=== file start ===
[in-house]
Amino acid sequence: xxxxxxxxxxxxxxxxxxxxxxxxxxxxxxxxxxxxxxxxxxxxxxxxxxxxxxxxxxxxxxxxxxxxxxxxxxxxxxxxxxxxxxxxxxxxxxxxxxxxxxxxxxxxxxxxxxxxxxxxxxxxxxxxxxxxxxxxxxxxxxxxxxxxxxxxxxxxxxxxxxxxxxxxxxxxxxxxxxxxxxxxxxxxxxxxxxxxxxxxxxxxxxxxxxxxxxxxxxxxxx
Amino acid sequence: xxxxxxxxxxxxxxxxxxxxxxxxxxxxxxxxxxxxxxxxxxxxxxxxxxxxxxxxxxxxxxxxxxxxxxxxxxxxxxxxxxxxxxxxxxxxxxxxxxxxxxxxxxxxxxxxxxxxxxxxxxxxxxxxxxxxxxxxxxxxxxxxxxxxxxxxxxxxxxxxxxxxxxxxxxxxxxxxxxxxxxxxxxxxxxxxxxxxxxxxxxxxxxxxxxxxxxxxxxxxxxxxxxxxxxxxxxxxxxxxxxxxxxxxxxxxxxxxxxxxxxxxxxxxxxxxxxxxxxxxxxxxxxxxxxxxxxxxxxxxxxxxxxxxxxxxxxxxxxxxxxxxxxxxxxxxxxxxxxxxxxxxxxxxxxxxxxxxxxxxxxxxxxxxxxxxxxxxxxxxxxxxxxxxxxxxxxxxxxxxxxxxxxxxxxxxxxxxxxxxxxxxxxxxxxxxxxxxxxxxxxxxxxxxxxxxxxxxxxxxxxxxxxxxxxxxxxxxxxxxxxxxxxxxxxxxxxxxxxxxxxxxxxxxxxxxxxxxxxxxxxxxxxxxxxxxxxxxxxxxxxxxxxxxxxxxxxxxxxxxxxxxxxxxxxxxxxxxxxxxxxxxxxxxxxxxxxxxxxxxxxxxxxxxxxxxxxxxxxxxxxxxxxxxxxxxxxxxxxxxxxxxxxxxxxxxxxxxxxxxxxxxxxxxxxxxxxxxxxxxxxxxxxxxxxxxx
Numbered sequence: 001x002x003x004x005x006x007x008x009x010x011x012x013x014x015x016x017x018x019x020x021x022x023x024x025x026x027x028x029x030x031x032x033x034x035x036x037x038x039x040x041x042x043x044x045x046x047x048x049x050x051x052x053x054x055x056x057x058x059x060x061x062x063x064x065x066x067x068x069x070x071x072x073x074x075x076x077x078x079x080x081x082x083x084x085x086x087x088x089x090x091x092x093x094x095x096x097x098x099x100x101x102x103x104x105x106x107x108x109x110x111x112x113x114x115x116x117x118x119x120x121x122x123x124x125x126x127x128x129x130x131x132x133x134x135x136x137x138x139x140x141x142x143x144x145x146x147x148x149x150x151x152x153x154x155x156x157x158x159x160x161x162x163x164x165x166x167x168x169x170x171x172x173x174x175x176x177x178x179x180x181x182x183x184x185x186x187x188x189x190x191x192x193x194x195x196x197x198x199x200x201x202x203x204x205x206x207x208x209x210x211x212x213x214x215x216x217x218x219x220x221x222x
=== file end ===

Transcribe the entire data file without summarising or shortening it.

[in-house]
Amino acid sequence: xxxxxxxxxxxxxxxxxxxxxxxxxxxxxxxxxxxxxxxxxxxxxxxxxxxxxxxxxxxxxxxxxxxxxxxxxxxxxxxxxxxxxxxxxxxxxxxxxxxxxxxxxxxxxxxxxxxxxxxxxxxxxxxxxxxxxxxxxxxxxxxxxxxxxxxxxxxxxxxxxxxxxxxxxxxxxxxxxxxxxxxxxxxxxxxxxxxxxxxxxxxxxxxxxxxxxxxxxxxxxx
Amino acid sequence: xxxxxxxxxxxxxxxxxxxxxxxxxxxxxxxxxxxxxxxxxxxxxxxxxxxxxxxxxxxxxxxxxxxxxxxxxxxxxxxxxxxxxxxxxxxxxxxxxxxxxxxxxxxxxxxxxxxxxxxxxxxxxxxxxxxxxxxxxxxxxxxxxxxxxxxxxxxxxxxxxxxxxxxxxxxxxxxxxxxxxxxxxxxxxxxxxxxxxxxxxxxxxxxxxxxxxxxxxxxxxxxxxxxxxxxxxxxxxxxxxxxxxxxxxxxxxxxxxxxxxxxxxxxxxxxxxxxxxxxxxxxxxxxxxxxxxxxxxxxxxxxxxxxxxxxxxxxxxxxxxxxxxxxxxxxxxxxxxxxxxxxxxxxxxxxxxxxxxxxxxxxxxxxxxxxxxxxxxxxxxxxxxxxxxxxxxxxxxxxxxxxxxxxxxxxxxxxxxxxxxxxxxxxxxxxxxxxxxxxxxxxxxxxxxxxxxxxxxxxxxxxxxxxxxxxxxxxxxxxxxxxxxxxxxxxxxxxxxxxxxxxxxxxxxxxxxxxxxxxxxxxxxxxxxxxxxxxxxxxxxxxxxxxxxxxxxxxxxxxxxxxxxxxxxxxxxxxxxxxxxxxxxxxxxxxxxxxxxxxxxxxxxxxxxxxxxxxxxxxxxxxxxxxxxxxxxxxxxxxxxxxxxxxxxxxxxxxxxxxxxxxxxxxxxxxxxxxxxxxxxxxxxxxxxxxxx
Numbered sequence: 001x002x003x004x005x006x007x008x009x010x011x012x013x014x015x016x017x018x019x020x021x022x023x024x025x026x027x028x029x030x031x032x033x034x035x036x037x038x039x040x041x042x043x044x045x046x047x048x049x050x051x052x053x054x055x056x057x058x059x060x061x062x063x064x065x066x067x068x069x070x071x072x073x074x075x076x077x078x079x080x081x082x083x084x085x086x087x088x089x090x091x092x093x094x095x096x097x098x099x100x101x102x103x104x105x106x107x108x109x110x111x112x113x114x115x116x117x118x119x120x121x122x123x124x125x126x127x128x129x130x131x132x133x134x135x136x137x138x139x140x141x142x143x144x145x146x147x148x149x150x151x152x153x154x155x156x157x158x159x160x161x162x163x164x165x166x167x168x169x170x171x172x173x174x175x176x177x178x179x180x181x182x183x184x185x186x187x188x189x190x191x192x193x194x195x196x197x198x199x200x201x202x203x204x205x206x207x208x209x210x211x212x213x214x215x216x217x218x219x220x221x222x